Beausoleil: My major subject is humanity, being human, the human experience, basically. That means to be in the real world. That doesn’t mean that the spiritual world is not real, but it’s a different world. Those two worlds are the two facets of the same reality. Actually there are three facets; there’s the intellect as well, and that shows in my social/political painting.
I’m exploring the three facets of being a human being and trying to bring it to the world, because I don’t think that you should be ashamed of being spiritual and I don’t think that you should be ashamed of being a human being. And part of being a human is sexuality. It’s eating. It’s a lot of things. So for me they are really complete in each other.
For me, too, it’s the freedom of being a human. That’s why I don’t believe in religion. I’m more spiritual. I think you have to go inside of yourself to discover all these things, and you should not count on anybody else’s experience. You have to live your own experience, whether it is about eroticism or about spirituality. For me, being independent and being my own self is really important. Some people think I’m Buddhist, but I’m not Buddhist. Others think I’m Catholic. No, I’m not. I’m just me.
Zenger’s: On your MySpace homepage, you mentioned Buddhism and Shintoism. I wondered how you discovered Eastern religious traditions, and what significance they’ve had for you.
Beausoleil: I’ve always been aware of them, even as a kid. But I don’t know why. Actually, Egypt was my big thing when I was a young kid. I discovered different religions through studying art history, because at one point in history all art was religious. Through studying the art of various religions, I learned about their symbolism, and through my travels I’ve been to the temples, I’ve visited a lot of sites, and they’re all related.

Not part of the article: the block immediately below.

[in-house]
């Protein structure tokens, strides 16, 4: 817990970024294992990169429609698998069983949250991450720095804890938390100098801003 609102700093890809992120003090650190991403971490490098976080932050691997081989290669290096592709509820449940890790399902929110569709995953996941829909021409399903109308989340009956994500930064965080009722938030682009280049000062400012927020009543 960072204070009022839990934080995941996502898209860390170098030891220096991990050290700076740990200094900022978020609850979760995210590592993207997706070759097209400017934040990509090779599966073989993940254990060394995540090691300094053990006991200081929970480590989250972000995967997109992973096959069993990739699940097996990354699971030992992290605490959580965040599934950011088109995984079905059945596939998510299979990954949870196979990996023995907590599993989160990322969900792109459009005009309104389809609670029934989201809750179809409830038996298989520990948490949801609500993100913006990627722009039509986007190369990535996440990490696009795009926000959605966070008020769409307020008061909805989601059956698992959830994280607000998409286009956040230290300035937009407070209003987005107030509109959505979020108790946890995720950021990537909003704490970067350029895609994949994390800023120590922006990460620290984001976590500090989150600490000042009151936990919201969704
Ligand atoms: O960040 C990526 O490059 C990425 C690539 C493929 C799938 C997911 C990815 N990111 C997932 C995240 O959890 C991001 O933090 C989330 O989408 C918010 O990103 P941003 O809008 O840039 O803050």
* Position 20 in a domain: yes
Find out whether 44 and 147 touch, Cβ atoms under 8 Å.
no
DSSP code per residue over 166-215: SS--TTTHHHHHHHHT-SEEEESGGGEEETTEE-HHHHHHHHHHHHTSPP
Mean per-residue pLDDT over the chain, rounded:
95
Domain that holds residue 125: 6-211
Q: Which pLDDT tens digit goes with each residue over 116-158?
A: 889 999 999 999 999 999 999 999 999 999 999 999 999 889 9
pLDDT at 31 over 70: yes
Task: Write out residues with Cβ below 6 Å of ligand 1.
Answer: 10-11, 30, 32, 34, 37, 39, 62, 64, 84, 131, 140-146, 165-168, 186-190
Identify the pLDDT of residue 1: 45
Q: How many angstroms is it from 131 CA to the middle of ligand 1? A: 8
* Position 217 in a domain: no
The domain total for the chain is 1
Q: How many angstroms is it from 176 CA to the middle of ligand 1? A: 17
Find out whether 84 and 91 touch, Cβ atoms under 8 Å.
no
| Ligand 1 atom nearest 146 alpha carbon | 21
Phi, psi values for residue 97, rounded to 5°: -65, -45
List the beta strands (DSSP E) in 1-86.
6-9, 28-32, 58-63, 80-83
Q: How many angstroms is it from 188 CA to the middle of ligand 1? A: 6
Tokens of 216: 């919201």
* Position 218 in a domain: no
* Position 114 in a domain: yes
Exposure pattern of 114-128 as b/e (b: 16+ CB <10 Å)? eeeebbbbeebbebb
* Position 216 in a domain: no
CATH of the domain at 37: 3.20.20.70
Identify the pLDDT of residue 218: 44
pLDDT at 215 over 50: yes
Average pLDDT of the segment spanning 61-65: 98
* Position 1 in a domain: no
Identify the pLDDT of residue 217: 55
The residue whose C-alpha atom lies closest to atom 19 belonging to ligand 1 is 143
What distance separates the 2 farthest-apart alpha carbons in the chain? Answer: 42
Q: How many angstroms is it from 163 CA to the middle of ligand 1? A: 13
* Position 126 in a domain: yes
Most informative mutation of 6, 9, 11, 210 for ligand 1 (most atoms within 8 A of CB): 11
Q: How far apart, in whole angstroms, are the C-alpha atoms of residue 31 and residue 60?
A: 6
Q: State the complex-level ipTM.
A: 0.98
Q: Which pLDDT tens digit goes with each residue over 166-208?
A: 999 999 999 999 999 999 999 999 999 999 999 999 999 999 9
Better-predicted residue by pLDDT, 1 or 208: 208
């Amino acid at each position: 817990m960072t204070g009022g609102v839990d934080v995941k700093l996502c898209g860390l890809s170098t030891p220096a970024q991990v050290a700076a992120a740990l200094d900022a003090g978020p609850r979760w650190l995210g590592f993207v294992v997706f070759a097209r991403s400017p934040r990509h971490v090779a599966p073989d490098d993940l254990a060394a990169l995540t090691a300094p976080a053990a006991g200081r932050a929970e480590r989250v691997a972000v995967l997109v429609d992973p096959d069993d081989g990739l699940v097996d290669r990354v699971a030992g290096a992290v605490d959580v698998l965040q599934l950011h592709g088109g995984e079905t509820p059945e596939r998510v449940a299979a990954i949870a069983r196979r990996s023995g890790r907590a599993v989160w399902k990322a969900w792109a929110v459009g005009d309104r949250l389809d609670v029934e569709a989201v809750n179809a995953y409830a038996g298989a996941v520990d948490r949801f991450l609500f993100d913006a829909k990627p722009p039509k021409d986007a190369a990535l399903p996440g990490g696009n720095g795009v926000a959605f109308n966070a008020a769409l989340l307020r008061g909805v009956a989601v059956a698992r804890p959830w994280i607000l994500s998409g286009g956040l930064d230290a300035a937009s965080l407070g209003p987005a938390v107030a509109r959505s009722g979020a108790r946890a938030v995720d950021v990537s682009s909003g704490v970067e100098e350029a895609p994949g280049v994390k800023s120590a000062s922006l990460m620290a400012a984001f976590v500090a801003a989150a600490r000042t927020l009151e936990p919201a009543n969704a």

I chose this symbolism of Buddhism in my spiritual artwork, especially the lotus and the Buddha, because for me it is a more positive symbol of enlightenment than being nailed on a cross. Both symbols are actually at the same level of the same idea, but when you’re nailed to a cross it’s because somebody else has put you there, whereas with the lotus, it’s beautiful and it’s your own choice.
Zenger’s: One of the paintings of yours that most impressed me was the picture of the crucifixion as a circus act. What was the inspiration for that?
Beausoleil: All the TV shows and all the Christian shows, and just the fact that people read the Bible and push on me only what they want out of it. It’s like freedom: everybody is equal and free, or nobody is equal and free. You cannot take some passages of the Bible and say, “That’s what it’s supposed to be,” and forget all the others. It’s either the whole or nothing. That’s why I find the whole thing about believing in Jesus has become such a circus. It’s not so different from the beginning of Christianity during the Roman Empire. We’re actually going through the same turmoil.
Zenger’s: I noticed just by looking at your bookshelf that you have copies of the Bible and the Koran in French. How much have you read in those books, and how has it affected you?
Beausoleil: I read a lot, but the Koran is kind of tough to read — even in French, in my own language — because it’s all in poetry, and so it’s not as interesting as a story. But what is interesting is that when you read both, you realize that two different people talking about the same story, but with different angles. You even have some people appearing in one book that are not in the other, so if you only read one, you don’t get the entire story. I’ve found I still have to read the Torah to get the entire story, though!
Zenger’s: As I understand it, the Torah is simply the first five books of the Old Testament in the original Hebrew, and the rest of the Old Testament is a history of the Jewish people in ancient times.
Beausoleil: Yes, but even in the Bible that part has not been translated totally the same. The King James Bible actually, omitted the fact that God in Hebrew is actually plural and gender-neutral. In the Bible it’s been translated as masculine and single. There’s a lot of translation from the Torah to the Bible where you lose some of the fineness of the Torah.